Insurers and “Bad Faith” in Injury Cases
Insurance companies must act in ‘good father’ and ‘deal fairly’ with their policy holders. It is for this reason that many Arizonians have continued to pay their insurance premiums for years in hopes of complete financial security when the unexpected happens. Unfortunately, insurance bad faith, also known as “insurance fraud,” is a fairly common occurrence. According to the Arizona Supreme Court, and as shown through Noble v. National American Life Insurance Company, there is an implied duty in all insurance contracts that the insurer must act in good faith when handling the claims of the insured.
In a perfect world, the insurer would comply to a claim, investigate the situation, and provide an honest and reasonable settlement to the insured. However, some insurance companies seek to save money by not paying the insured the full amount dictated by the insurance contract. In other cases, some insurers downright deny the insurance claim without proper evidence backing the denial.
Despite rules and regulations, insurance companies still take advantage of policy holders, and with a team of lawyers and vast financial resources, these companies can often provide a profound defense to avoid policy claims.
Signs of Bad Faith Insurance Settlement Practices
Because insurance consumers hold their insurers to a high esteem, which is in part due to the rigorous state laws imposed on insurers, it can be quite difficult to notice if the insurer is acting in bad faith. In many cases, proving bad faith policies can be quite complex. Therefore, if a policy holder may be questioning his/her insurer’s decision or settlement, or if there is a strong indication that the insurer is acting in bad faith, then it is crucial to acquire legal counsel right away. An attorney experienced in insurance bad faith claims will know exactly what to look for and how to start building a case.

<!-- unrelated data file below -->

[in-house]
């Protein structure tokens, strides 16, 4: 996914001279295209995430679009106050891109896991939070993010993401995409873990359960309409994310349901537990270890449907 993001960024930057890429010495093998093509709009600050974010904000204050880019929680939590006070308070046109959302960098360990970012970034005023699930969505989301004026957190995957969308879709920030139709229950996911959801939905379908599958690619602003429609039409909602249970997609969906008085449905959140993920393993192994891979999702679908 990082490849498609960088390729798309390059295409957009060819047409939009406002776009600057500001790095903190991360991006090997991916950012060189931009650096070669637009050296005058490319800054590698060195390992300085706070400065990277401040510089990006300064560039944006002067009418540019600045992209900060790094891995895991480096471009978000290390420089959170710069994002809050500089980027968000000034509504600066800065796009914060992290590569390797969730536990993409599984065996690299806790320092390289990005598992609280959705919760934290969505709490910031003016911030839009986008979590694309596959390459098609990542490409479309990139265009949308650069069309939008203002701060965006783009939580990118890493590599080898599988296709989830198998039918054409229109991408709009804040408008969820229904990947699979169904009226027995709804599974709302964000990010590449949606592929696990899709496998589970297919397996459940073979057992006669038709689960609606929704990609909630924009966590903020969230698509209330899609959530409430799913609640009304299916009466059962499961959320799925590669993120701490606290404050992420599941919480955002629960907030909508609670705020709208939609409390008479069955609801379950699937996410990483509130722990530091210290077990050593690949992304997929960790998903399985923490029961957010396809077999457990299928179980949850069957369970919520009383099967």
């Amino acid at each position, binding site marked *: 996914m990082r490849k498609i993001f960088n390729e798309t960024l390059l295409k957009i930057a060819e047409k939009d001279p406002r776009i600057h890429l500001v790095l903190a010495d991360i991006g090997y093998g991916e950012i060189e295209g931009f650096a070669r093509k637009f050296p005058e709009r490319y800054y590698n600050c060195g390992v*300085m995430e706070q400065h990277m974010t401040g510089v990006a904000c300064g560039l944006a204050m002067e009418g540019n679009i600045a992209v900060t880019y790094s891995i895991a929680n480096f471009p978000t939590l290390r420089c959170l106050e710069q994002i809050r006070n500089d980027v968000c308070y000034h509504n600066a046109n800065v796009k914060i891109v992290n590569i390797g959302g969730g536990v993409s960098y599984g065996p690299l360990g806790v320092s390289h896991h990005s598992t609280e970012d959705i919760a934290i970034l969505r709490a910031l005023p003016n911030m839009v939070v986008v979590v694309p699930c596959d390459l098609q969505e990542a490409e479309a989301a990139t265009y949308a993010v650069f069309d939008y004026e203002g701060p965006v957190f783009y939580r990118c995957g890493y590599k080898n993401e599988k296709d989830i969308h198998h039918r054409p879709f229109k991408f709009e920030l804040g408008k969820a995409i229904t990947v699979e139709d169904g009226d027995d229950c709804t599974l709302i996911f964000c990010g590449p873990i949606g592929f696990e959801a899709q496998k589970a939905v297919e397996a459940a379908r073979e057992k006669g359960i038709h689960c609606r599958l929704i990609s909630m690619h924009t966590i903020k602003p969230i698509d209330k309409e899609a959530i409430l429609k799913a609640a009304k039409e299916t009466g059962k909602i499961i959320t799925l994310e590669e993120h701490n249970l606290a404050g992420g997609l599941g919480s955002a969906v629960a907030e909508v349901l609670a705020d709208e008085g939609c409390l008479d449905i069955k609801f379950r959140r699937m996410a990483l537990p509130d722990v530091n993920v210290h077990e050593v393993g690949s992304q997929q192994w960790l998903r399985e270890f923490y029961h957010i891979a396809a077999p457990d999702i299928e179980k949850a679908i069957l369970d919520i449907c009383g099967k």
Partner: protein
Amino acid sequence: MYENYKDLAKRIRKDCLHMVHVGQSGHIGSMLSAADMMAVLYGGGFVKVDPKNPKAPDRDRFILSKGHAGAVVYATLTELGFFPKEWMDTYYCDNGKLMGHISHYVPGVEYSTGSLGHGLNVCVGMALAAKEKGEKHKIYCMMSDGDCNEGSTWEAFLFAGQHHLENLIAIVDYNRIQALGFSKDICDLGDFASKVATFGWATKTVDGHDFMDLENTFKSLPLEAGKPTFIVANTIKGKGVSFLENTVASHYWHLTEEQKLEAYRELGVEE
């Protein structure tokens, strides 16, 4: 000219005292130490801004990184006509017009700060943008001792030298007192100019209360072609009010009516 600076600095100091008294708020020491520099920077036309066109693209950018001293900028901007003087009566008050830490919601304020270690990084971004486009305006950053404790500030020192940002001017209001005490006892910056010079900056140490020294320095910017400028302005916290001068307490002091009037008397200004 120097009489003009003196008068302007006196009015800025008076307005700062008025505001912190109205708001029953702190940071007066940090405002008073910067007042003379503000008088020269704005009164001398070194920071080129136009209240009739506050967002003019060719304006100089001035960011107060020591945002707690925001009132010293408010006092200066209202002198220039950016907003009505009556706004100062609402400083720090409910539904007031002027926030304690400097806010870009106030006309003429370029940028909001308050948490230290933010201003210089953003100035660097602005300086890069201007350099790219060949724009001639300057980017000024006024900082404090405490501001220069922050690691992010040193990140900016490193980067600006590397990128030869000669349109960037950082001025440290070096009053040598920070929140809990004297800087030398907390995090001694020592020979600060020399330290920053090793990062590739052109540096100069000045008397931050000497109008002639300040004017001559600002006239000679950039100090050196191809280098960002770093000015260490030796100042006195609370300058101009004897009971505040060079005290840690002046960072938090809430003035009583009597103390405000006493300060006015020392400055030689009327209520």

Some common signs of insurance bad faith can include:
- Insurer delays, discounts, or denies payment without basis
- Insurer fails to acknowledge and reply upon notification of a covered claim
- Insurer fails to pay a covered claim while maliciously conducting an incomplete investigation
- Insurer attempts to settle a claim for less than an accurate and objective amount
- Insurer settles claims on the basis of an application or policy that was altered without notice
In essence, the best way to determine bad faith settlement practices is to consider the behavior of the insurance company. Bad faith insurers tend to unlawfully look for (and find) ways to not pay, delay, deny payment of claims, or diminish the settlement amount.
Do You Have a Claim?
According to Wisconsin Supreme Court’s decision in Anderson v. Continental Insurance Co., which the Arizona Supreme Court relied upon for its decision, the definition for bad faith is as follows:
“The tort of bad faith can be alleged only if the facts pleaded would, on the basis of an objective standard, show the absence of a reasonable basis for denying the claim, i.e. would a reasonable insurer under the circumstances have denied or delayed payment of the claim.”
Knowing whether insurance bad faith has occurred therefore requires a profound understanding of insurance practices as well as the common tactics that these companies use to avoid paying claims.
Damages Involved in an Insurance Bad Faith Case
In addition to leaving a policy holder without the financial means, insurance bad faith cases can present several other financial and emotional damages. In the past, one of the primary damages that occurred in a bad faith claim was a breach of contract. With the adoption of the tort of bad faith, however, damages go far beyond breach of contract. In Arizona, for example, the extra attorney fees required to pursue a bad faith claim are entirely recoverable as an item of damage.
Emotional distress is a common damage awarded in bad faith claims, but proving emotional distress can be a little tricky. In this situation, the insured must prove that the bad faith resulted in a direct invasion of property rights. Invasion of property rights can include pain, humiliation, inconvenience, and even pecuniary losses for expenses such as attorney’s fees.
Victims of bad faith can potentially receive punitive damages in tort actions, but not when the bad faith only occurred with a breach of contract.
What to Do Next?
No matter if it’s disability, health insurance, life insurance, business insurance, or any other valid claim under a policy, it is essential to hold insurance companies responsible for these unethical tactics and receive a full compensation plus damages from the insurer.
Because of the complexities in proven bad faith and the vast financial resources some insurers have for their defense, it is important to avoid contacting the insurance company and accusing the insurers of bad faith without the counsel of an attorney.
If you or a loved one was victim of insurance bad faith practices, we invite you to give us a call at (480) 502-0708 or send us a message for a free initial consultation.